Hank Aaron Rookie Jersey Offered by Heritage

The Milwaukee Braves baseball jersey that Hank Aaron wore in 1954, the rookie campaign for the Hall of Famer, will be the centerpiece of Heritage Auctions’ April 21-22 Signature Sports Memorabilia Auction. It is expected to bring more than $200,000.

“Short of Babe Ruth, there are few baseball players more important or beloved than ‘Hammerin’ Hank Aaron,” said Chris Ivy, director of Heritage Sports Collectibles. “This is the gamer that was likely on those shoulders on April 23, 1954, when he hit the first of his 715 home runs.”

The historical appeal of the jersey is enhanced by the ghostly stitching pattern of a number “5” beneath Aaron’s trademark number “44,” a digit worn by Aaron only his rookie campaign.  The team-instituted number change would suggest subsequent action in Aaron’s sophomore season, as well.

 The jersey also contains a vintage black Sharpie salutation from the great slugger himself, “Best Wishes, Hank Aaron.”

Williams bat
Important game-used baseball memorabilia continues with the 1947 Triple Crown season vault-marked bat from none other than the “Splendid Splinter,” Ted Williams. The bat is estimated to sell for $75,000. This is the bat Williams returned to the Louisville Slugger factory to be used as a template for copies to be made, establishing it as his favorite.

“To think that this bat was in the hands of the greatest hitter the game has ever seen throughout one of his greatest seasons is a humbling thing,” Ivy said. “It’s arguably the finest Williams bat in the hobby.”

Phelps cap
It’s rare that a modern piece of sports equipment can capture the attention of high-end vintage memorabilia collectors, but the swim cap worn by Michael Phelps in the 2008 Beijing Olympics where he won eight gold medals has done just that.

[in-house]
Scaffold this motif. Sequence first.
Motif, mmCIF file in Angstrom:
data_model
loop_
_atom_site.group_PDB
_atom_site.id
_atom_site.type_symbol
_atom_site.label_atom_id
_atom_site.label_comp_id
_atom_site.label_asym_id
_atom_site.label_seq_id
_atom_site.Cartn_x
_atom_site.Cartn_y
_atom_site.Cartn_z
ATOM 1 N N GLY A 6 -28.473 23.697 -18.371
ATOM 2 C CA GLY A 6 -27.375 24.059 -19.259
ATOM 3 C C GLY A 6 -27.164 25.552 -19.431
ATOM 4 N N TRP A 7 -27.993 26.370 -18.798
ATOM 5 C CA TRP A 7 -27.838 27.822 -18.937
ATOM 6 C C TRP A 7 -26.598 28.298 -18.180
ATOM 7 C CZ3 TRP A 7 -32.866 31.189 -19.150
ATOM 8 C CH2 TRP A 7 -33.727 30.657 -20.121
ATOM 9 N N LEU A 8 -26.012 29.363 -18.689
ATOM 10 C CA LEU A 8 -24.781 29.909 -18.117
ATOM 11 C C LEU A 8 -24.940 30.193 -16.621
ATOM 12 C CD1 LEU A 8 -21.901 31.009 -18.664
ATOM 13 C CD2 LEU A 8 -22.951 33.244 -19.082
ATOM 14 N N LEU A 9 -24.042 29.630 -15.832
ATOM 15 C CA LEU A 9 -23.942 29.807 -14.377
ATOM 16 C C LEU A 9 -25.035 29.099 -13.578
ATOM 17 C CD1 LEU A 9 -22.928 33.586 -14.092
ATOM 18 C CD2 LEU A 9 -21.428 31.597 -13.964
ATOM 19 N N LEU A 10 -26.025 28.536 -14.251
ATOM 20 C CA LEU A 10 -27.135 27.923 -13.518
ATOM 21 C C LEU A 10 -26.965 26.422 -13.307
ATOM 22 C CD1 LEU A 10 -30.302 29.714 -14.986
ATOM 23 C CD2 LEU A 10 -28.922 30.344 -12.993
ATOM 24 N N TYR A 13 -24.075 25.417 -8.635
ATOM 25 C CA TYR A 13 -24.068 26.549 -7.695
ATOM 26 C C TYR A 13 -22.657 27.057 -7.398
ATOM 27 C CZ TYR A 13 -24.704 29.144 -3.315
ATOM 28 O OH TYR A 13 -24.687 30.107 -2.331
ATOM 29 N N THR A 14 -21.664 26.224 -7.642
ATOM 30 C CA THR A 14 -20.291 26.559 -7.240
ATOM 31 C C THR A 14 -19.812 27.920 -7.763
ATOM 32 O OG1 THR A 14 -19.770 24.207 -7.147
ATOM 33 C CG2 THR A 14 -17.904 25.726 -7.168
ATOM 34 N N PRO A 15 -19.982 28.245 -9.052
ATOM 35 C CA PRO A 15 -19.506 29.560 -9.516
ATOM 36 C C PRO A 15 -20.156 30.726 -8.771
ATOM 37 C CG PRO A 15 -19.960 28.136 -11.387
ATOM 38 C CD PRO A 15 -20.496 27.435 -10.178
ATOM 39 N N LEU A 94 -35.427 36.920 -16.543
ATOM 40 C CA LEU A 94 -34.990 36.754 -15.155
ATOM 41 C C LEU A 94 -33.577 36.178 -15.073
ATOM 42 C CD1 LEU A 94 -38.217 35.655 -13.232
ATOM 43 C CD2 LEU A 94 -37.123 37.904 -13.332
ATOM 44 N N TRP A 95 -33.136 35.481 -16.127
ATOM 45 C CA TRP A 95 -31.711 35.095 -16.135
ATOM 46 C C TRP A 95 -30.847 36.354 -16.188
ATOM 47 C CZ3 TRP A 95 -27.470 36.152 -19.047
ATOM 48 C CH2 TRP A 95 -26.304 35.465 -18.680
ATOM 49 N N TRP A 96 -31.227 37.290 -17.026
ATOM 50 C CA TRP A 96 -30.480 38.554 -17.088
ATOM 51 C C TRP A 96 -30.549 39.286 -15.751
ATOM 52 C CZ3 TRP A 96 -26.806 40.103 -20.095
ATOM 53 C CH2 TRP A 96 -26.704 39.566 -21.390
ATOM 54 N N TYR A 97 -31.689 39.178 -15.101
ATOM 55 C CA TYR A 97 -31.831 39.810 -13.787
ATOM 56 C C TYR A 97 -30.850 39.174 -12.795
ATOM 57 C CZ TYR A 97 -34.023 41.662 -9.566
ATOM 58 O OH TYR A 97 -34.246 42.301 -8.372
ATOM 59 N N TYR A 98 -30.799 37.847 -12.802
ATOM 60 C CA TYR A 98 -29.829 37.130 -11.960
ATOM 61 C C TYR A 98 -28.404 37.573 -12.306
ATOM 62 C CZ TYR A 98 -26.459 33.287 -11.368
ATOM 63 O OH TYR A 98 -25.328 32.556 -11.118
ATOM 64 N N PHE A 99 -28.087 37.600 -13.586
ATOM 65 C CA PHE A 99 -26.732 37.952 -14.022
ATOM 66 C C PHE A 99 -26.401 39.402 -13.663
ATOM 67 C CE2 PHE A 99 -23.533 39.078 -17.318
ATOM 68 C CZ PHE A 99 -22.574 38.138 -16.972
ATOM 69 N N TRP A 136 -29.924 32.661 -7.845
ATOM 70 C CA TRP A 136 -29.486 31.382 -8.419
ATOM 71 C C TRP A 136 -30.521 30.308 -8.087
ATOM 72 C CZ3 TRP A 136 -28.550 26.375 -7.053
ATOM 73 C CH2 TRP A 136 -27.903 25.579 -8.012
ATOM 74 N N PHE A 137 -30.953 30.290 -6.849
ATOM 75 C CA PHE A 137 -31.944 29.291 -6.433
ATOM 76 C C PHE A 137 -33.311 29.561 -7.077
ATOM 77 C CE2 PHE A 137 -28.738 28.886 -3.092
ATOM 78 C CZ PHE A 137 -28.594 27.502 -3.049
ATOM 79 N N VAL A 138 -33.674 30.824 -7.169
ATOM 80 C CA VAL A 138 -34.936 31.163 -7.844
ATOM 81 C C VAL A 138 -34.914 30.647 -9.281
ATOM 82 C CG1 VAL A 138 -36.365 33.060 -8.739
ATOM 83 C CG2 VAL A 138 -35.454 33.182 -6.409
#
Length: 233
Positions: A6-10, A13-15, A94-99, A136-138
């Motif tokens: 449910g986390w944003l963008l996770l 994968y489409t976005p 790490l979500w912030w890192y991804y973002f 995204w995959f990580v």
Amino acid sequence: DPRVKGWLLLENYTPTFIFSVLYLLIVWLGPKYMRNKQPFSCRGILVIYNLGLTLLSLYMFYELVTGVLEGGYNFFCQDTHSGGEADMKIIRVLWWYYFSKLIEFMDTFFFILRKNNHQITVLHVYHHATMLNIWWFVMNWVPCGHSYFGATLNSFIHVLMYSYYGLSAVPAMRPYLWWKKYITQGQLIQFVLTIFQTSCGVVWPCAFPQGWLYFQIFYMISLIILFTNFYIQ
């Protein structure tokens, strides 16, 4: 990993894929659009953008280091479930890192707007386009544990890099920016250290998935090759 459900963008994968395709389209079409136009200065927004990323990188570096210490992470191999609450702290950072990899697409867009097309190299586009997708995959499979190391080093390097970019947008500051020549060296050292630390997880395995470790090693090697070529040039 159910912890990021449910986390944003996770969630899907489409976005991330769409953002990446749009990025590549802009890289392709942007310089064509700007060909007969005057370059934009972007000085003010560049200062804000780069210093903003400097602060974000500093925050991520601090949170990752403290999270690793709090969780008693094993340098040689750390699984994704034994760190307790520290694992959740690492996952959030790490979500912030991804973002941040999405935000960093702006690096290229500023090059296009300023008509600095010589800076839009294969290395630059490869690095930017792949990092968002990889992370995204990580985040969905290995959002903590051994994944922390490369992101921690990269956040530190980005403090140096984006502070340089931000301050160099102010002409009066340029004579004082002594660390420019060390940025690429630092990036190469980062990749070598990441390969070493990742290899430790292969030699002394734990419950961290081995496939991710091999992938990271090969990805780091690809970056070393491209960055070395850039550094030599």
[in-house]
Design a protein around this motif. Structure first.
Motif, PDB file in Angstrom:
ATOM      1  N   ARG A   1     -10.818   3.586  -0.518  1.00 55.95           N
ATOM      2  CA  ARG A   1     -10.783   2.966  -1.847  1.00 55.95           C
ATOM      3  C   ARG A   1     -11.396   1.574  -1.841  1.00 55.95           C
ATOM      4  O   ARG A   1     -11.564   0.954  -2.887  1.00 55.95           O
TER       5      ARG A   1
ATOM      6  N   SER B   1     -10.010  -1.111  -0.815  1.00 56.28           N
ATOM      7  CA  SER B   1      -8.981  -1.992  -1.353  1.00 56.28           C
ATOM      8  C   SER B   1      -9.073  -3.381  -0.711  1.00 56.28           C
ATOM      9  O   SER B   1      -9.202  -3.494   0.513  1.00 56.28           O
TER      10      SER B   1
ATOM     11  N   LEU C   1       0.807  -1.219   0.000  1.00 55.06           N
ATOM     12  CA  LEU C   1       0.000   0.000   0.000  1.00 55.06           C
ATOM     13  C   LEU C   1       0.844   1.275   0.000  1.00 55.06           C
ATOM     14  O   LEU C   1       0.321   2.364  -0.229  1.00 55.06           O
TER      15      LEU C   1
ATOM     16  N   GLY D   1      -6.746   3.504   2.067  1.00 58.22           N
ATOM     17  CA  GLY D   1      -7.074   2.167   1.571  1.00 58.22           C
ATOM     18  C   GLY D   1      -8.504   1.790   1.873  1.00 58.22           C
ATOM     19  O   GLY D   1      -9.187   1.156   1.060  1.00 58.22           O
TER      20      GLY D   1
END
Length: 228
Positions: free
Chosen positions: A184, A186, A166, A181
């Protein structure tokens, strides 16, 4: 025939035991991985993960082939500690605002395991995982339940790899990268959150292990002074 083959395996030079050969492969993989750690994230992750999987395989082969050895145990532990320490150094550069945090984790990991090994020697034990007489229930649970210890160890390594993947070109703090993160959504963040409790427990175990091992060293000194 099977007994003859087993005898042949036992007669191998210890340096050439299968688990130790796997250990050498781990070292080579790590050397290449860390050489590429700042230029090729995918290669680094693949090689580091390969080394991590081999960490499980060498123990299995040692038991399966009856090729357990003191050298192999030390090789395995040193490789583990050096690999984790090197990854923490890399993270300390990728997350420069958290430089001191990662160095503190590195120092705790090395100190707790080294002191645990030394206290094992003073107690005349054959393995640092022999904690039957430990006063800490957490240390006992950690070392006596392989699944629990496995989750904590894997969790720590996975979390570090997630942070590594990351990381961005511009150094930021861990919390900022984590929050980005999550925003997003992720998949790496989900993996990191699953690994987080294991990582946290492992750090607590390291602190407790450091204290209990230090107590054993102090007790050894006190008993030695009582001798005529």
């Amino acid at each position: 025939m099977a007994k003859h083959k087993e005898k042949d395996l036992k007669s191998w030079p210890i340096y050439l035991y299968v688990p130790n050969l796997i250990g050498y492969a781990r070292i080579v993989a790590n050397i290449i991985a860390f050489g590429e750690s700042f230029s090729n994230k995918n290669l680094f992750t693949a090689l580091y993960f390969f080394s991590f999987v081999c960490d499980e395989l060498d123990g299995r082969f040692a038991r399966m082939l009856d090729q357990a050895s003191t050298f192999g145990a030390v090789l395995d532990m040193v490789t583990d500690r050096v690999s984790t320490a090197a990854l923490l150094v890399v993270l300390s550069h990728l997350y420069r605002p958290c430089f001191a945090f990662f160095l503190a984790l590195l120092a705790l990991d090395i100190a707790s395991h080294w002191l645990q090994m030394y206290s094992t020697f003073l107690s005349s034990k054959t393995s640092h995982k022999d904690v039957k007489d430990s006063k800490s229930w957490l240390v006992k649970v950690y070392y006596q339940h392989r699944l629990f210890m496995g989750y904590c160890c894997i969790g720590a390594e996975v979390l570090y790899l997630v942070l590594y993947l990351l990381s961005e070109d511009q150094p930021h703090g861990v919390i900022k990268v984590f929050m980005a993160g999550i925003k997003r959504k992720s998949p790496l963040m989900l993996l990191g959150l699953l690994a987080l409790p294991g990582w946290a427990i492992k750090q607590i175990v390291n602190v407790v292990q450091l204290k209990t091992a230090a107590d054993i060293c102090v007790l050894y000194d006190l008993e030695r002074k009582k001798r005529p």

The cap, worn by Phelps as he swam the Butterfly stroke in the third leg of the 400-meter medley relay, literally capped the finest individual performance by an athlete ever rendered in international competition. It carries a pre-auction estimate of $20,000.

Jim Otto jersey
The history and popularity of the football – arguably America’s current favorite game – is epitomized by an exceedingly rare relic from the very first days of the American Football League in the form of Hall of Fame Oakland Raider center Jim Otto’s 1960 game-worn rookie jersey ($20,000 estimate).

“Very few players embody the early league, and the hardnosed, no-nonsense play that would come to typify the Oakland Raiders, more than Jim Otto,” Ivy said. “Considering how hard Otto played, and the obvious beating this relic took, its survival is a miracle and its value as a piece football history is unquestionable. This is not only the only surviving Otto rookie jersey, but the only known surviving jersey, period, from the Raiders’ inaugural season.”

Vintage cards
Several prime cards in the auction from the heyday of 20th century baseball include a 1909-11 T206 Sweet Caporal Eddie Plank SGC 50 and a 1933 Goudey Sports Kings Babe Ruth, PSA 8.  A complete set of the 1889 N43 Allen & Ginter “The Worlds Champions-Second Series”  (50) will be in th e sale, perched at No. 1 on the SGC Set Registry. In what has been a regular auction appearance of late, an 1869 Peck & Snyder Cincinnati Red Stockings-Small Team Card, graded SGC 20, will also be in the lineup. Finally, a 1951 Bowman Gil Hodges PSA 9, the highest graded card of its kind, is expected to draw spirited bidding.

More highlights
Further highlights include a 1991 Nolan Ryan seventh no-hitter game-worn Jersey accompianed by a letter from Ryan. Whether by elite genetics or pure force of will, Ryan’s 100 mph fastball did not abandon him as the decades rolled by, and he was still lighting up the radar gun at the advanced age of 44 when he took the mound in Arlington, Texas, to face the Toronto Blue Jays on May 1, 1991. It had appeared that the date would be remembered only for Rickey Henderson’s assumption of the career stolen base record from Lou Brock, but Ryan would expand upon the day’s speed theme with an overpowering performance to complete his seventh and final no-hit masterpiece.

Also looks for an 1859 Brooklyn Atlantics game-used Trophy Baseball, as seen on Antiques Roadshow. On June 23, 1859, the Brooklyn Atlantics and the Baltimore Pastime base ball clubs met in the first championship of organized baseball. This is the only known relic from that fabled game.

 For more information on this auction, visit www.HA.com or call (800) 872-6467.

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